When the term hubby comes across your ears what is it that you think of? How about when you hear wifey? Are these words just a set of nicknames that people have grown over the course of a marriage, or are these abating titles that have been drafted for comfort, in lieu of marriage? Oxford Dictionary refers to "wifey" as "a condescending way of referring to a man's wife", as opposed to "wife," which Merriam-Webster lists as a woman, spouse, lady, female or specifically; 1. (n:) a married woman considered in relation to her husband.
So, who are the people that use these terms? Further examination gives insight that most of the men and women that use these terms are not really attached to their partners legally, in the way their titles may suggest. Oftentimes, use of the endearing lexemes simply just provide a sense of security for its recipients because either parties may not feel ready to jump into a serious commitment such as marriage, or is not able to sway the other party into such a serious undertaking, and has settled with a form of its perception for the public's eye. It is a representation for what you have, and to which there is a sense of loyalty. In Chicago, and several metropolitan cities across the country it is likely you will find male individuals referring to their favorite female as their "wifey." As well, a lot of women have begun taking on the appeasing role and projecting the same onto their partners.
The fact of the matter is, in certain communities of people, being the "wifey," or "hubby" is something that will probably make you blush and lay claim to certain social rights in your relationship. And for a lot of people this behavior is fine, but still there are many more who are becoming privy to what being a "wifey" or "hubby" actually means, and for these individuals, the title is simply not acceptable. These are the people that understand the difference between a good time and a good relationship. They are not okay with being considered the most loyal of your sexual partners and thereby receiving a higher rank in expectation and title. No, they prefer to be the only partner and know they deserve nothing less.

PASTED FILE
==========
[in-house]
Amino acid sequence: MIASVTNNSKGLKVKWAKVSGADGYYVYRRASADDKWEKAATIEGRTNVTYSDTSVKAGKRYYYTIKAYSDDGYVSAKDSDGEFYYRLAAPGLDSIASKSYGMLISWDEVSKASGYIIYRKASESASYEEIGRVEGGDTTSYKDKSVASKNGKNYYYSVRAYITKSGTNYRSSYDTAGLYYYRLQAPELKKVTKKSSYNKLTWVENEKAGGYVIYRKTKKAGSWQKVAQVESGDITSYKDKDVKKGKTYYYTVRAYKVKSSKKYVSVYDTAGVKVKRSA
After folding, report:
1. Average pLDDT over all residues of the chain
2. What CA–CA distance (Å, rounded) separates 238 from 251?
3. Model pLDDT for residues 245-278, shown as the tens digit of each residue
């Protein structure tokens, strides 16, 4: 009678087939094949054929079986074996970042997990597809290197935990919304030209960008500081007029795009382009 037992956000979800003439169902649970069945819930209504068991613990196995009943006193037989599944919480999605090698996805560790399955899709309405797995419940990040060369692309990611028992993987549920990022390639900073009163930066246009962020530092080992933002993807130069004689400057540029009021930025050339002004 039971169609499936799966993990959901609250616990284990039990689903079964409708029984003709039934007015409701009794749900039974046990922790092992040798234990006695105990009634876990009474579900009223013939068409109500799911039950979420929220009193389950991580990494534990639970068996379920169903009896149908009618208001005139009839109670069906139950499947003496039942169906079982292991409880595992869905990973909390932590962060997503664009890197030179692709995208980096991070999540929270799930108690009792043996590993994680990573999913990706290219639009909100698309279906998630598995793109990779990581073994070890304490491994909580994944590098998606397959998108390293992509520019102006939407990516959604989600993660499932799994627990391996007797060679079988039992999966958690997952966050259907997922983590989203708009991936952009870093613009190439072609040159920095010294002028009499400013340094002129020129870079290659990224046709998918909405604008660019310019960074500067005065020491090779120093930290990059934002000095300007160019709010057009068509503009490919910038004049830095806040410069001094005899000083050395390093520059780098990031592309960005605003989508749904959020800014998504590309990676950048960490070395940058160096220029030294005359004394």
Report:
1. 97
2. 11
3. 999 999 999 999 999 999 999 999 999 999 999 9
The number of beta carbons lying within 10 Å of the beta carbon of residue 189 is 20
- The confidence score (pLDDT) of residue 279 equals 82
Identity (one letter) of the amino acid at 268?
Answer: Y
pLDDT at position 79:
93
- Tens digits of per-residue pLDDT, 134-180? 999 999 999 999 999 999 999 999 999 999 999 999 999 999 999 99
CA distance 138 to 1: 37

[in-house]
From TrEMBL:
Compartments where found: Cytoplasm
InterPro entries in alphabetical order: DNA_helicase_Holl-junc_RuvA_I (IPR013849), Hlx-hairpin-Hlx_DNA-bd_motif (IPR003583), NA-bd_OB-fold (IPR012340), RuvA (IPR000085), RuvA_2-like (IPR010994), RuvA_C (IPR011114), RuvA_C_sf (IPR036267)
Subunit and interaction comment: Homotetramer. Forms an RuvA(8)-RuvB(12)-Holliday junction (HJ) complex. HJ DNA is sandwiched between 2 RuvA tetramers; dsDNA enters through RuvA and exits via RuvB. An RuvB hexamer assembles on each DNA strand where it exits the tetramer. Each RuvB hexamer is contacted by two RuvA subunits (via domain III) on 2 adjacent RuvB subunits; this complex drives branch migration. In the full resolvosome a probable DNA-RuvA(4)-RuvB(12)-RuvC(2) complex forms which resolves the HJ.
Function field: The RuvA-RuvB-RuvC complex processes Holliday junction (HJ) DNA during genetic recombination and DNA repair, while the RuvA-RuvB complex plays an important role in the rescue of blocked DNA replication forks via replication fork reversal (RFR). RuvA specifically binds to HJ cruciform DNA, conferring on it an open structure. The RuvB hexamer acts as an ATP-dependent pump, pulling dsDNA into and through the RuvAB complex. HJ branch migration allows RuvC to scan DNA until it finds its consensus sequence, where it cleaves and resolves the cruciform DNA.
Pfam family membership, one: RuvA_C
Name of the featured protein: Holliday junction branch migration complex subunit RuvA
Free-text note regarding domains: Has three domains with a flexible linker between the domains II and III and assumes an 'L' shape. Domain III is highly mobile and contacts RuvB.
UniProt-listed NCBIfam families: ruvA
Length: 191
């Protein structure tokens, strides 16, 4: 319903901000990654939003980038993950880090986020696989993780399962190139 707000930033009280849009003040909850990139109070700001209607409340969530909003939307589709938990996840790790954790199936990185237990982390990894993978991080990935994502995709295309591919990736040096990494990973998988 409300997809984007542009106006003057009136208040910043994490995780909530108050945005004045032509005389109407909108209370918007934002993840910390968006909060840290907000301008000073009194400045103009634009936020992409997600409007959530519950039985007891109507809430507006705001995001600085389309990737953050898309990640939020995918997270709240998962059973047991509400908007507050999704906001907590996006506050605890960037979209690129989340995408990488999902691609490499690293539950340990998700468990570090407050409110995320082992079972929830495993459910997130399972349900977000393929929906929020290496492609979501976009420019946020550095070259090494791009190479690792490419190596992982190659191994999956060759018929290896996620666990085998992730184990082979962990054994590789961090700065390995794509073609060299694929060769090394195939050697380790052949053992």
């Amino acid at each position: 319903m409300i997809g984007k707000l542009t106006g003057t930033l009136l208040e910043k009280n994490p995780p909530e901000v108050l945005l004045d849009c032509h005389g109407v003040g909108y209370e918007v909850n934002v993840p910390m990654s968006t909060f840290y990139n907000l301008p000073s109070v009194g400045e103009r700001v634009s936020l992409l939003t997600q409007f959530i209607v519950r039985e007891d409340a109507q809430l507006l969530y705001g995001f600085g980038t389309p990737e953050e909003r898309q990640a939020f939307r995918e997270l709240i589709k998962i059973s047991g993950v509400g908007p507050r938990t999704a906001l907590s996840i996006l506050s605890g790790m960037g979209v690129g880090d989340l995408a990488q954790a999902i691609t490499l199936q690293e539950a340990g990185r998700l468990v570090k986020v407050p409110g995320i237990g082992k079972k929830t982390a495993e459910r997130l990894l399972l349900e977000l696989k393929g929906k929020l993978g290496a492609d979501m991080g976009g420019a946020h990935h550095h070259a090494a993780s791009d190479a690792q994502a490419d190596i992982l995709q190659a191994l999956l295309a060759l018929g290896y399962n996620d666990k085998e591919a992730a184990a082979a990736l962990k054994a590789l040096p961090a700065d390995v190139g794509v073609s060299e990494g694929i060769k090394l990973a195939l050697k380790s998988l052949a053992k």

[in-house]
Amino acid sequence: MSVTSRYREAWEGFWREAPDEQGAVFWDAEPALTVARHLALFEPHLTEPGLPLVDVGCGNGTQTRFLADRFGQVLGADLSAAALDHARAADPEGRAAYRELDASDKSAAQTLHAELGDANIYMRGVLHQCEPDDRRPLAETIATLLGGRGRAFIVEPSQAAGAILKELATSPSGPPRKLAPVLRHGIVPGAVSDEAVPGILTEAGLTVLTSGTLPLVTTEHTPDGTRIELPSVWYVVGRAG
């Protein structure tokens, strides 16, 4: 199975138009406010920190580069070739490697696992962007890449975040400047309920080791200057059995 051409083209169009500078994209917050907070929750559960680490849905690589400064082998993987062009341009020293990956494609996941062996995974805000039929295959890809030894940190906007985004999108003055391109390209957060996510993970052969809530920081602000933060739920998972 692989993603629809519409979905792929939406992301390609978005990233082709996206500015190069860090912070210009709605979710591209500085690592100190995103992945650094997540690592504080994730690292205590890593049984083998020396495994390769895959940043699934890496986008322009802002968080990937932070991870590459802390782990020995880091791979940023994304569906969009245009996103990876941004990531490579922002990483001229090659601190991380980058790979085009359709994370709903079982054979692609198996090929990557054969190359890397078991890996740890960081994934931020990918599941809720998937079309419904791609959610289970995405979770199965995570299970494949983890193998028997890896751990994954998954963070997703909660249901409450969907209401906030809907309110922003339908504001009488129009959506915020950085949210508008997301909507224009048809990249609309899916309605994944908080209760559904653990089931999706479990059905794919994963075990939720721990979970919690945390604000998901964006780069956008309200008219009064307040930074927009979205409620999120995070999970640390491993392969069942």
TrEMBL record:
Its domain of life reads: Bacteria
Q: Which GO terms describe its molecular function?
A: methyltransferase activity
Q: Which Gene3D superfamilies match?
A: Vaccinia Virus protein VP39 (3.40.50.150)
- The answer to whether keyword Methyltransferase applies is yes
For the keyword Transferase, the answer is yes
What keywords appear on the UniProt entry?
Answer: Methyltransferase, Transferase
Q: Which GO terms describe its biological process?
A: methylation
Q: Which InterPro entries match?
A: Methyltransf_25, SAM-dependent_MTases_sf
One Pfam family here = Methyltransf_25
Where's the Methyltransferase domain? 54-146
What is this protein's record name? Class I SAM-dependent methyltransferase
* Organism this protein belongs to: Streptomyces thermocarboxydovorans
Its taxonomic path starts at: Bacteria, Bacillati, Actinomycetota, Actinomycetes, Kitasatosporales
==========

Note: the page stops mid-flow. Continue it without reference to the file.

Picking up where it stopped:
Yesterday (article published August 29, 2013), on the fiftieth anniversary of the March on Washington, I was listening to one of my favorite syndicated morning radio-talk shows and the topic came up about what it is you would bring as an agenda to Washington if given the opportunity to march. A lot of listeners chimed in with their calls and had their voices heard on some very real and trying agendas, many of which I agreed on, but one that seemed to be absent - or which I may have missed because I never stay on one station too long, as I have several favorite shows and morning commercials are quite annoying- is the issue of marriage. As a whole we have lost the foundation to love love, work at love, and to see love through, and the images we see in media does not play to those gaps in our foundation. This is not an attempt to blame media for one of our many downfalls as a society but facts are facts and many relationships are modeled by what people see, and when they are not seeing successful marriages in their homes, or in their friends' homes then they turn to what's popular because popular is what's cool and easy. Maybe our plights are not completely different than those we faced in the 60's but uniform in their debilitation. But as with all things it is a matter of what you are willing to accept.
Being addressed as a "hubby" or a "wifey" can have its perks just as it could have its downfalls, the key is figuring out if you are the type that has the ability to endure both.